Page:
Outlets are reporting that North Korea is behind the hack on Sony. How the U.S. government responds will set a precedent.
Sony Pictures canceled the Christmas release of “The Interview” Wednesday, and now multiple outlets are reporting the Obama administration has traced the hack on Sony to North Korea. Officials maintain there’s no credible evidence of a physical attack…
“If we see something that we think is serious and credible then we’ll alert the public, but for now my recommendation would be that people go to the movies,” President Obama told ABC’s David Muir.
The consensus seems to be that North Korea is behind the cyber attack and that an announcement from U.S. government officials will come on that soon, but that the hermit nation likely doesn’t have the capabilities for an attack on the ground in the U.S. North Korea denied involvement weeks ago, yet called the hack a “righteous deed.” Now the question becomes — how to handle a response?
“Is this a precedent that future films could be held hostage by any party?”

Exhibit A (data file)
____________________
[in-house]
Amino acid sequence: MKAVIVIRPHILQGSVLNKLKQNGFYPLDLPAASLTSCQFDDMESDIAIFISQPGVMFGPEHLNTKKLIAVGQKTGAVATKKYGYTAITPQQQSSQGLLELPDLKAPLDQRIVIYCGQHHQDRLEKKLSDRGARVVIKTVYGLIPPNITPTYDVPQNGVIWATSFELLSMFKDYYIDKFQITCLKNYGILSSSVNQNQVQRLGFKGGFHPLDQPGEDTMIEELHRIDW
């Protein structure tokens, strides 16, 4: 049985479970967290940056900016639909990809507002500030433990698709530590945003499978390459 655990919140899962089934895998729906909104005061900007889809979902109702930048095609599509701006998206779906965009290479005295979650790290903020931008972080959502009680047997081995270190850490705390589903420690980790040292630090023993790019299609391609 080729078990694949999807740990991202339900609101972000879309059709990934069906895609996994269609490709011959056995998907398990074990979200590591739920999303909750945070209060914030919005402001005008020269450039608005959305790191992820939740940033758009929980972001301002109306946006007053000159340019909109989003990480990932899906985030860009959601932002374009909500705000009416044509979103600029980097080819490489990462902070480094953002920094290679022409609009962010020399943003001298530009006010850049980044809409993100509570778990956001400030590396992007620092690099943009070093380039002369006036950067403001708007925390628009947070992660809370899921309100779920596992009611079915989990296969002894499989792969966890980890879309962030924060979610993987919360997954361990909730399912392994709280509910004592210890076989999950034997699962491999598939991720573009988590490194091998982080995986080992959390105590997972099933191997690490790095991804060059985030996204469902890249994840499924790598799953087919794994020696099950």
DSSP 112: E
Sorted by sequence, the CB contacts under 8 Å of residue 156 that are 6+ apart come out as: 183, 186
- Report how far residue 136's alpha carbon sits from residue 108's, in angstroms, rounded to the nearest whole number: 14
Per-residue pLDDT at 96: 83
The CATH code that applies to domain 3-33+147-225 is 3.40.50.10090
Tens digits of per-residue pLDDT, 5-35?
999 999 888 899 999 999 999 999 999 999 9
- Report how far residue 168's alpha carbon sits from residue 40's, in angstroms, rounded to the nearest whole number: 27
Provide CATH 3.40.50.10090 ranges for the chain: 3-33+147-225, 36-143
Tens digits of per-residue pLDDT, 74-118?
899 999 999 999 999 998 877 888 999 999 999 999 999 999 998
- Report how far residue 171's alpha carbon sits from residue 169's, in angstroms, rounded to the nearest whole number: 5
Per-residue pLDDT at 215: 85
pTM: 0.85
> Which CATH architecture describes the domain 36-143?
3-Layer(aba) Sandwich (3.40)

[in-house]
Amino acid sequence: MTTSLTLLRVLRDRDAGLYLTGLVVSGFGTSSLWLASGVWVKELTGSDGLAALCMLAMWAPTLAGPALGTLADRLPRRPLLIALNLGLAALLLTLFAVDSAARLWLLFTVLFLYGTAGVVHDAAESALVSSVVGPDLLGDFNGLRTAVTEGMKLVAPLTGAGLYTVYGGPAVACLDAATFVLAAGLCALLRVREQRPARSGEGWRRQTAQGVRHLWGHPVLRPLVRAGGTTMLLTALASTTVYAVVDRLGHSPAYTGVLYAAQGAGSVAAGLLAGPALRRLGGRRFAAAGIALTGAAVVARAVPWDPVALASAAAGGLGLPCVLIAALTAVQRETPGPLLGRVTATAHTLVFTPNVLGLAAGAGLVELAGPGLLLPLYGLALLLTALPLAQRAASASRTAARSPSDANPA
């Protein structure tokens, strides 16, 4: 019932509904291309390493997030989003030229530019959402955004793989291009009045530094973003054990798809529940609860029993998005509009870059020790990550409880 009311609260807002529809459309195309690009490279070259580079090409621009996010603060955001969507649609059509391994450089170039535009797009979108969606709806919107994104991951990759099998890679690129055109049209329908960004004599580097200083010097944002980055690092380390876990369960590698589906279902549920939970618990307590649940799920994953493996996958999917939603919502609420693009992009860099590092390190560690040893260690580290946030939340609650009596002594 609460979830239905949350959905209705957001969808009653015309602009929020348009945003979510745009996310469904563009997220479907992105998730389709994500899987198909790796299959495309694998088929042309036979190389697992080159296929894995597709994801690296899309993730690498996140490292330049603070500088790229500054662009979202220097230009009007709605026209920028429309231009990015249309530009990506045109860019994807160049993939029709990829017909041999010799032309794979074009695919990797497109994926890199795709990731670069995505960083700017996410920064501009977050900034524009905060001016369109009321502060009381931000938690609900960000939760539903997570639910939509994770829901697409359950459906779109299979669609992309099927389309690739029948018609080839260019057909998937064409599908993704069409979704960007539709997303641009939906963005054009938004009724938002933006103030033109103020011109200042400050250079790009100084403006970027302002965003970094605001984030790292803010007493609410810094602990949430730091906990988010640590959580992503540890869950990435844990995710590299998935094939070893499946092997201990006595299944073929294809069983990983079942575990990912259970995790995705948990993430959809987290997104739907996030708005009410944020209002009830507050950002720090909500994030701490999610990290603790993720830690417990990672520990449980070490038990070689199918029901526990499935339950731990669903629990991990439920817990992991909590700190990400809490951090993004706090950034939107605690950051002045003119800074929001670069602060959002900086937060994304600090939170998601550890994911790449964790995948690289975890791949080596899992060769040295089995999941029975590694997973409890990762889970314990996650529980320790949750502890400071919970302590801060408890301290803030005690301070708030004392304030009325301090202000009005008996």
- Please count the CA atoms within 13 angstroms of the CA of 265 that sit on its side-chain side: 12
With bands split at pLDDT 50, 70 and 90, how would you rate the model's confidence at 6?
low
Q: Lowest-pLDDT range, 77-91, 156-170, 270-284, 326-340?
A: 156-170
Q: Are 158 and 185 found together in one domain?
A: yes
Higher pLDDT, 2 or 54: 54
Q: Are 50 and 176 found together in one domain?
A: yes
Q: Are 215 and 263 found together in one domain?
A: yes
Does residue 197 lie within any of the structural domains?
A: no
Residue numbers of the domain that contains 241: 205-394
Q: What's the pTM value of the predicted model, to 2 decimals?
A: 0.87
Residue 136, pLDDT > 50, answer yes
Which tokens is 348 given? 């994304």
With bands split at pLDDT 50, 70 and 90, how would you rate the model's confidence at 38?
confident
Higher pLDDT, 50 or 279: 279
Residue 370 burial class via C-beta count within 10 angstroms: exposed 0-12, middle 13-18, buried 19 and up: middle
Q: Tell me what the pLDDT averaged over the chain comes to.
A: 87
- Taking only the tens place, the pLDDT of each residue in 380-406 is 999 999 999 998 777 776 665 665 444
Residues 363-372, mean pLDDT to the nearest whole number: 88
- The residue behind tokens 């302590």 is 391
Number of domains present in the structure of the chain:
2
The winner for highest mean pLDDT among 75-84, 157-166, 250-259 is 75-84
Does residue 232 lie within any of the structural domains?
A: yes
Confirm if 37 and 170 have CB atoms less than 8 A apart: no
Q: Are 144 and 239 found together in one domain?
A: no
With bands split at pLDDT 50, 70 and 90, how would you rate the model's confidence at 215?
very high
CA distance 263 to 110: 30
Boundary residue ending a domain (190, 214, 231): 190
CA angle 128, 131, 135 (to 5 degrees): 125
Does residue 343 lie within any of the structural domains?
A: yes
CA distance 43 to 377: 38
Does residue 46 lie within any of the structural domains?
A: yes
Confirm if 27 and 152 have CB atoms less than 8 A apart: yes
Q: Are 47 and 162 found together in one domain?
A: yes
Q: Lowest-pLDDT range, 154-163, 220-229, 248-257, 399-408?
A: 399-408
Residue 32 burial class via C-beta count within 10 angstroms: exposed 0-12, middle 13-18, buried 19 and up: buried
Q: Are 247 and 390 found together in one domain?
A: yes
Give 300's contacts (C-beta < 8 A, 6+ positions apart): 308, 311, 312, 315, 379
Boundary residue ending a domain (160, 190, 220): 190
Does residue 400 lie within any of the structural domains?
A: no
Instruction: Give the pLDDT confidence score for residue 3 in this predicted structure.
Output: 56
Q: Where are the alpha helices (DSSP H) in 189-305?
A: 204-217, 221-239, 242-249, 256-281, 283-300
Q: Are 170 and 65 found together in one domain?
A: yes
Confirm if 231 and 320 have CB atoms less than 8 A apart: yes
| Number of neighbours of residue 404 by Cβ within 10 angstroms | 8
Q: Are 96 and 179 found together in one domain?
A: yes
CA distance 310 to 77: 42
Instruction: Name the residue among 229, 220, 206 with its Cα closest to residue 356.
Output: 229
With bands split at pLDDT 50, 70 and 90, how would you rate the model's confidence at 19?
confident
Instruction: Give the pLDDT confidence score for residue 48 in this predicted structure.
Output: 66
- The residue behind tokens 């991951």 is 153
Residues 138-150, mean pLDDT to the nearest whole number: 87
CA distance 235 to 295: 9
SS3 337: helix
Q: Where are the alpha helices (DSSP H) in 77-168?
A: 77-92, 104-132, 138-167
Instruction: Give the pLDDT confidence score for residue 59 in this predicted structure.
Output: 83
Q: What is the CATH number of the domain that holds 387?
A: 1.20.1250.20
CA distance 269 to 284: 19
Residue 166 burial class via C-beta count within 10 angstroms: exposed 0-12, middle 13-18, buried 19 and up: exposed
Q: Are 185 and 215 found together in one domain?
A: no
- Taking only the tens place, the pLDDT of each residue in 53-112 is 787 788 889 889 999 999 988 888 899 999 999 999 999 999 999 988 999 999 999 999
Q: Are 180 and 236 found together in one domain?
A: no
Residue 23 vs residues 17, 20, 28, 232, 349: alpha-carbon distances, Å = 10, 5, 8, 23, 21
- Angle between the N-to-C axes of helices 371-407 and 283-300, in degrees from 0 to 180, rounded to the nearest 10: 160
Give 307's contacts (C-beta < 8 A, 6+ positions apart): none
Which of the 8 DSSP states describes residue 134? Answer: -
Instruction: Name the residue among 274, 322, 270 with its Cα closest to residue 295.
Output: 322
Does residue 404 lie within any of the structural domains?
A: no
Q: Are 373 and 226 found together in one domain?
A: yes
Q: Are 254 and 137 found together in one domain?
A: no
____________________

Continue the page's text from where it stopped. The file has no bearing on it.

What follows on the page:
“This calls for very strong U.S. policy and a very strong U.S. response. I think we need to to talk softly and carry a big stick, but we’ve got to have discussions because I see this as the next nuclear issue,” said Shawn Henry, former Executive Assistant Director of the FBI.
The situation is certainly unprecedented. As TIME’s team put it, “however the U.S. decides to respond will set the tone for a whole new kind of cyberwar.”
It’s unclear what will happen for the movie next. Sony’s been hit hard financially and has hired a private security firm to investigate the hack. Sony’s decision to pull “The Interview” came after major chains like Regal Cinemas and AMC Entertainment pulled it. The hacker group Guardians of Peace threatened attack on theaters that showed the movie.
Here’s the statement from Sony, in part: “We respect and understand our partners’ decision and … share their paramount interest in the safety of employees and theater-goers. … We are deeply saddened at this brazen effort to suppress the distribution of a movie. … We stand by our filmmakers.”